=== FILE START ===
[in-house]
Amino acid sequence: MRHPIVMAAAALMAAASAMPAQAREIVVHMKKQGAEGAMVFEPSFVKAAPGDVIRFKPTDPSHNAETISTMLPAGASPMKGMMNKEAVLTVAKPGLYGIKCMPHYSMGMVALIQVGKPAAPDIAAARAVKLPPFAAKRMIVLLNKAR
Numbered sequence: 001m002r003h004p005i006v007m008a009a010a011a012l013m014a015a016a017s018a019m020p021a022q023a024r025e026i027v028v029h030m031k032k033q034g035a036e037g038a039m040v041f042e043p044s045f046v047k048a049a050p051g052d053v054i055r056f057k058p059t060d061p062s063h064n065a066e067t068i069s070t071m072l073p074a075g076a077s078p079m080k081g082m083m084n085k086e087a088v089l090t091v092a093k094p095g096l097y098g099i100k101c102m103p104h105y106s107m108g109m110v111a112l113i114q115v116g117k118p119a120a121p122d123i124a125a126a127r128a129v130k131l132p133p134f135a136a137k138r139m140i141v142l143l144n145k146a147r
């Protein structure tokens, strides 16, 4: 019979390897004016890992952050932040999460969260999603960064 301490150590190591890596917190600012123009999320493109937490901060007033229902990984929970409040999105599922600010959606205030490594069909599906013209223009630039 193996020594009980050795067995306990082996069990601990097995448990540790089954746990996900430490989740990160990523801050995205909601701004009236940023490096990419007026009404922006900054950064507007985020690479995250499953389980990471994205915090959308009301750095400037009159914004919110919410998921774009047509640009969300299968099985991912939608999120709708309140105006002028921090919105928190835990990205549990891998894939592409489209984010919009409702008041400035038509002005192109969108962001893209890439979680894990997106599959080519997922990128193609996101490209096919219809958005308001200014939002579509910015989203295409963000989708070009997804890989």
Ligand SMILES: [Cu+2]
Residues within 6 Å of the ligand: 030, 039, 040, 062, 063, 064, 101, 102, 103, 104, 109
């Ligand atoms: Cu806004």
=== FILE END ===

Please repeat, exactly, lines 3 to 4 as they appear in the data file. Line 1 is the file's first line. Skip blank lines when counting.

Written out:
Numbered sequence: 001m002r003h004p005i006v007m008a009a010a011a012l013m014a015a016a017s018a019m020p021a022q023a024r025e026i027v028v029h030m031k032k033q034g035a036e037g038a039m040v041f042e043p044s045f046v047k048a049a050p051g052d053v054i055r056f057k058p059t060d061p062s063h064n065a066e067t068i069s070t071m072l073p074a075g076a077s078p079m080k081g082m083m084n085k086e087a088v089l090t091v092a093k094p095g096l097y098g099i100k101c102m103p104h105y106s107m108g109m110v111a112l113i114q115v116g117k118p119a120a121p122d123i124a125a126a127r128a129v130k131l132p133p134f135a136a137k138r139m140i141v142l143l144n145k146a147r
């Protein structure tokens, strides 16, 4: 019979390897004016890992952050932040999460969260999603960064 301490150590190591890596917190600012123009999320493109937490901060007033229902990984929970409040999105599922600010959606205030490594069909599906013209223009630039 193996020594009980050795067995306990082996069990601990097995448990540790089954746990996900430490989740990160990523801050995205909601701004009236940023490096990419007026009404922006900054950064507007985020690479995250499953389980990471994205915090959308009301750095400037009159914004919110919410998921774009047509640009969300299968099985991912939608999120709708309140105006002028921090919105928190835990990205549990891998894939592409489209984010919009409702008041400035038509002005192109969108962001893209890439979680894990997106599959080519997922990128193609996101490209096919219809958005308001200014939002579509910015989203295409963000989708070009997804890989």